Manufacturers are well aware of the benefits of automation; however, some food manufacturers haven’t been able to take full advantage of automation due to factors like food safety regulations and the fact that the raw materials for foods don’t come in precise, consistent sizes and shapes. To address these challenges, food manufacturing has traditionally been done manually rather than by automated machinery.
Food manufacturers have an obstacle that other manufacturers don’t have to worry about. Stricter regulations with food safety means that more attention has to go into ensuring the quality of the product throughout the entire process rather than just the quality of the final product.
However, meeting food safety guidelines with automated machinery isn’t excessively difficult. The big challenge lies in adjusting to the varying sizes, shapes, and consistencies of food items.
The axle of a specific type of car will always be the same on an assembly line. The size, shape, and dimensions will always be precise and regular making it easy to set parameters for automated machinery. Food, on the other hand, is not always precise and regular.
You can plant two identical potato plants in the exact same setting and give them the exact same amount of water and sunshine, and they will yield potatoes of varying sizes and shapes. Agriculture has been working to develop more consistent plants and animals for decades, but nature doesn’t always cooperate.
And it’s more than just the inconsistent size and shape of food. It’s the consistency as well. Foods may be too brittle, delicate, or gooey for industrial automation.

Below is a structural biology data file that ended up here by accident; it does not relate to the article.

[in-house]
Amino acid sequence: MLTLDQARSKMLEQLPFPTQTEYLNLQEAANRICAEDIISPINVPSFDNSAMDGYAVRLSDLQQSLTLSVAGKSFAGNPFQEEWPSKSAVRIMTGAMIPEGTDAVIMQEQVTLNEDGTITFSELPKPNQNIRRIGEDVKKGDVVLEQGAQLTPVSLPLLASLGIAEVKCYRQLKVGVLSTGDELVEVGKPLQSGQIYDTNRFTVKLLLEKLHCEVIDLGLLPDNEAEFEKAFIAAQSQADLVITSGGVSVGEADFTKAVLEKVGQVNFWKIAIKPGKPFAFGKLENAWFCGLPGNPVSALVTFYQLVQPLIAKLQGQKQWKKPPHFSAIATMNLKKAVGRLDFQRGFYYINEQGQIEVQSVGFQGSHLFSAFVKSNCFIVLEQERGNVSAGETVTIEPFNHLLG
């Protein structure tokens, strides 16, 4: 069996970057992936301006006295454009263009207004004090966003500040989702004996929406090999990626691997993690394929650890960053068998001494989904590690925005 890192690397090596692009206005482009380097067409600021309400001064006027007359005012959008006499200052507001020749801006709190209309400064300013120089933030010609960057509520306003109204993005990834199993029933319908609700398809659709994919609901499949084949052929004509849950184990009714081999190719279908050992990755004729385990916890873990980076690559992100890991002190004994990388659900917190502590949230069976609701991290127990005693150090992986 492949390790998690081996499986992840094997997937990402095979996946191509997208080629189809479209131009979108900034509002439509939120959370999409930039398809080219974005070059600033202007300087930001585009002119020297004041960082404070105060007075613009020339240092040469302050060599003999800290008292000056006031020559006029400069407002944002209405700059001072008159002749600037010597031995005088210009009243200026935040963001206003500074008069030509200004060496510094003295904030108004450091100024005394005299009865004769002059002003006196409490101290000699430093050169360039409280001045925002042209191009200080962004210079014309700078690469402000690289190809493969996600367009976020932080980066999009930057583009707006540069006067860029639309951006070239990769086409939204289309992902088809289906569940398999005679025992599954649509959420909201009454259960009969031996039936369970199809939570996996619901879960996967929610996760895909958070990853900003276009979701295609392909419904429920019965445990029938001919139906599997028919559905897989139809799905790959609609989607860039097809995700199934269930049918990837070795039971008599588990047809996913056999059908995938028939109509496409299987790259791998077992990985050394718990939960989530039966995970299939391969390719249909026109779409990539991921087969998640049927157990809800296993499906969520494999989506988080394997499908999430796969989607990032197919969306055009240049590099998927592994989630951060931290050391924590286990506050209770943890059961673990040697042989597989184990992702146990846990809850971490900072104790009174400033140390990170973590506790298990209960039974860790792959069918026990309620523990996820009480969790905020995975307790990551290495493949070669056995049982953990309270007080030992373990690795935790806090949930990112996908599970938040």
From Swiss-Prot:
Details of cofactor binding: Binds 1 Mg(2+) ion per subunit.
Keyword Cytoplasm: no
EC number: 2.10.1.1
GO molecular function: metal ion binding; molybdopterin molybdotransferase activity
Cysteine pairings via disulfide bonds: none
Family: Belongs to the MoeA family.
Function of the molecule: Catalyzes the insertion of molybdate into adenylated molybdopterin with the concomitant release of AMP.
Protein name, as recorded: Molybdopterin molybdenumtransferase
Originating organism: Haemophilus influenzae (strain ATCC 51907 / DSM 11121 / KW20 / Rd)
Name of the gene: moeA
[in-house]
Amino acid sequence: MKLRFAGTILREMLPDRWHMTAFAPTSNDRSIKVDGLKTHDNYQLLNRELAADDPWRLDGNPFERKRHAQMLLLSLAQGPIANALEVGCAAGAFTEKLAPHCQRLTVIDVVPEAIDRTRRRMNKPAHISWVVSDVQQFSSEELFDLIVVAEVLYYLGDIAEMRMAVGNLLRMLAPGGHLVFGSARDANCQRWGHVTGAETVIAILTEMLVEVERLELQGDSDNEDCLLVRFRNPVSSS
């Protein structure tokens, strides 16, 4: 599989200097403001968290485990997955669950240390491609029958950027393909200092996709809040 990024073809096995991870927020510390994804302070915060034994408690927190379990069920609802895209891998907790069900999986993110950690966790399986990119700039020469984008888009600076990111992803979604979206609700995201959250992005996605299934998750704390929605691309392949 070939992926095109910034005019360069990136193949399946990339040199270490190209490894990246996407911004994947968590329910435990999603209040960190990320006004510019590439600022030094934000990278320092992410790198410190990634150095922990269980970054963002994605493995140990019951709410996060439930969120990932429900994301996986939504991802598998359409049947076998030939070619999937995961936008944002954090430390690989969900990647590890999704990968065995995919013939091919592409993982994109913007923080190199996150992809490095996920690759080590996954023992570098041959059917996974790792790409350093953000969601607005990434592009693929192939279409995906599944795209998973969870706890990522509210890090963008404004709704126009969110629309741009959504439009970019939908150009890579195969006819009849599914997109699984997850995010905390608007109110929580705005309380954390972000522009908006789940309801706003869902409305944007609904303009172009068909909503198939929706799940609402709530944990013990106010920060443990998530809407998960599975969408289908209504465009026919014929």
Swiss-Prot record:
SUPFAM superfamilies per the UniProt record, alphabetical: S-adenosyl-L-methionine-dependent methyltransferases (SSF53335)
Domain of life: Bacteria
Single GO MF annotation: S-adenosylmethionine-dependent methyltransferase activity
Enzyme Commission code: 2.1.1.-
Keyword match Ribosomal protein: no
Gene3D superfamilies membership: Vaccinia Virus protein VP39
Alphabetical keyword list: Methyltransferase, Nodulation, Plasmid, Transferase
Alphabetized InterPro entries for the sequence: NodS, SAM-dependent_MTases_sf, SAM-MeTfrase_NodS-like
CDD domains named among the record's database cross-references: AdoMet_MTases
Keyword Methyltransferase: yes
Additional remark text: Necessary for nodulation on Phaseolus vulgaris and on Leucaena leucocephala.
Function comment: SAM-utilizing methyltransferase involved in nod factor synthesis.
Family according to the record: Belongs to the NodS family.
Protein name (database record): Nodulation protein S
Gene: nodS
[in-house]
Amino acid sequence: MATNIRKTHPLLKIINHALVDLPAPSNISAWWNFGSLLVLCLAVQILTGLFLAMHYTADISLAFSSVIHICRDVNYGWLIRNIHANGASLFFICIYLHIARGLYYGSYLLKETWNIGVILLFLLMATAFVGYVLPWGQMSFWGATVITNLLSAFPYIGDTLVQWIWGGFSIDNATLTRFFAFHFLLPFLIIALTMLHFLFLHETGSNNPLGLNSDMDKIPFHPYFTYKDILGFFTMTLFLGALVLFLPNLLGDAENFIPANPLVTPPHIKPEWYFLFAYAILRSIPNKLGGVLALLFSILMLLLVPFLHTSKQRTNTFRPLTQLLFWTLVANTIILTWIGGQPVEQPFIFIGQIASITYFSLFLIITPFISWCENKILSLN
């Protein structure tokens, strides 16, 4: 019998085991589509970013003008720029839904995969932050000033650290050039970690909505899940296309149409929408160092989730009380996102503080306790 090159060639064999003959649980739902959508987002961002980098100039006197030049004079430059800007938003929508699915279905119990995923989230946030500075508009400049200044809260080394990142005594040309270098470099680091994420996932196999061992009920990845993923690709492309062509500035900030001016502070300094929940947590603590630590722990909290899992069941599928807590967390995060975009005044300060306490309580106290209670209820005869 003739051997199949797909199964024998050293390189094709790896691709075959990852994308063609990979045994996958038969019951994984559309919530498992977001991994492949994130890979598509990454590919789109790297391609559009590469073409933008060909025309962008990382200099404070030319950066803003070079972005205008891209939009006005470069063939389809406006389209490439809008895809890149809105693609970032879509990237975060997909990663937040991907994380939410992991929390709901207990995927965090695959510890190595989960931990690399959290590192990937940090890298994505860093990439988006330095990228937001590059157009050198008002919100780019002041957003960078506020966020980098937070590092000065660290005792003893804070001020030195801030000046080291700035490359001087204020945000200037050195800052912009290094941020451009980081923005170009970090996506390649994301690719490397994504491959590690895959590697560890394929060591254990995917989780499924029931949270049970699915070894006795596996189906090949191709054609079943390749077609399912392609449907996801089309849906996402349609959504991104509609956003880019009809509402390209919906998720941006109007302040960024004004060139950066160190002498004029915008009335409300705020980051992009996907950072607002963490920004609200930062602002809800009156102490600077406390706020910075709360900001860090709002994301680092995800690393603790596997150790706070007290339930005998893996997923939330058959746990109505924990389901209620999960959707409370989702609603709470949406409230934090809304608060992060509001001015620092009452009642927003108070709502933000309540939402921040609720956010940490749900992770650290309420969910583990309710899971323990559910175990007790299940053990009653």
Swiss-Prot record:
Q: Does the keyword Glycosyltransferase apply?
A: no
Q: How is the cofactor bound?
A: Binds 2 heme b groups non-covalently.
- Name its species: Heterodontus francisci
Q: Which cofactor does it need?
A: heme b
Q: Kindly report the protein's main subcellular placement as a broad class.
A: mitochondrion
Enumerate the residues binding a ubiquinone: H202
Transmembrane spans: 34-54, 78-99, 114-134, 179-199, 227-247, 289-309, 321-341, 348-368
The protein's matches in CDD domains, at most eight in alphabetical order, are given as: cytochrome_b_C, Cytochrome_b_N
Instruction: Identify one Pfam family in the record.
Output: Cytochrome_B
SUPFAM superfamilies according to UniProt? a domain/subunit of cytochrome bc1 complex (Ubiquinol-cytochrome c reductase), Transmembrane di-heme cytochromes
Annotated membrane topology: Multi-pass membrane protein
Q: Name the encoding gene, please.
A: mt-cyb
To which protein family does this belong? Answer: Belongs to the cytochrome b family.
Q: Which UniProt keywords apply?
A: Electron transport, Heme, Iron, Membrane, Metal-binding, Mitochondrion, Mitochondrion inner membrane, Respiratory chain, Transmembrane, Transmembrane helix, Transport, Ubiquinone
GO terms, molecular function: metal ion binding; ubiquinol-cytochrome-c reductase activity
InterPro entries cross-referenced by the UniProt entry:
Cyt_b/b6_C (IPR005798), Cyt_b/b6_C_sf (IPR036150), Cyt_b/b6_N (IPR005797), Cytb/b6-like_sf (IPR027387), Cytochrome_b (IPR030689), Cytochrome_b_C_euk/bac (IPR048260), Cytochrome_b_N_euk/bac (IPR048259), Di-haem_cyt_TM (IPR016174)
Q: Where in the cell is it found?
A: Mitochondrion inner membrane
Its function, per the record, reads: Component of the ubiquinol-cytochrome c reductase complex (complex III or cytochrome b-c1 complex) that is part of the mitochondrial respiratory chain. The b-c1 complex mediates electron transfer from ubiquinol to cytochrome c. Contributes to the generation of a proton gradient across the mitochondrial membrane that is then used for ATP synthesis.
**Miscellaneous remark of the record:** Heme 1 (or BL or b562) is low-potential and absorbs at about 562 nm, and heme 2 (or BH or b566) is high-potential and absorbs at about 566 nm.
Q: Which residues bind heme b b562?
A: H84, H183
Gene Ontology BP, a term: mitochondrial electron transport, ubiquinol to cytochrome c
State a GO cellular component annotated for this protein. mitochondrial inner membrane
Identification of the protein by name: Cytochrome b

But there’s increasing pressure for food manufacturers to make use of automation. An increasing demand for goods requires an increase in productivity, and the pressure to reduce costs means that automation is the obvious solution.
Varying shapes, sizes, and consistencies require sophisticated automation systems. Luckily, robotics is a rapidly growing industry, and advanced technologies are being developed an implemented everyday. The door is opening for food manufacturers to start making good use of automation. The missing piece is often a more delicate sensor, a more creative delivery mechanism, or an innovative package.
The benefits of automation can’t be denied. Automation in the food manufacturing industry can lead to consistent quality, more productivity, increased efficiency, less, waste, and better output tracking.
As robotics and automation technologies advance, it will not only be easier to meet safety guidelines and manage material inconsistencies, but the benefits of automation will get exponentially better. Automation benefits nearly every industry, even when there are challenges to overcome.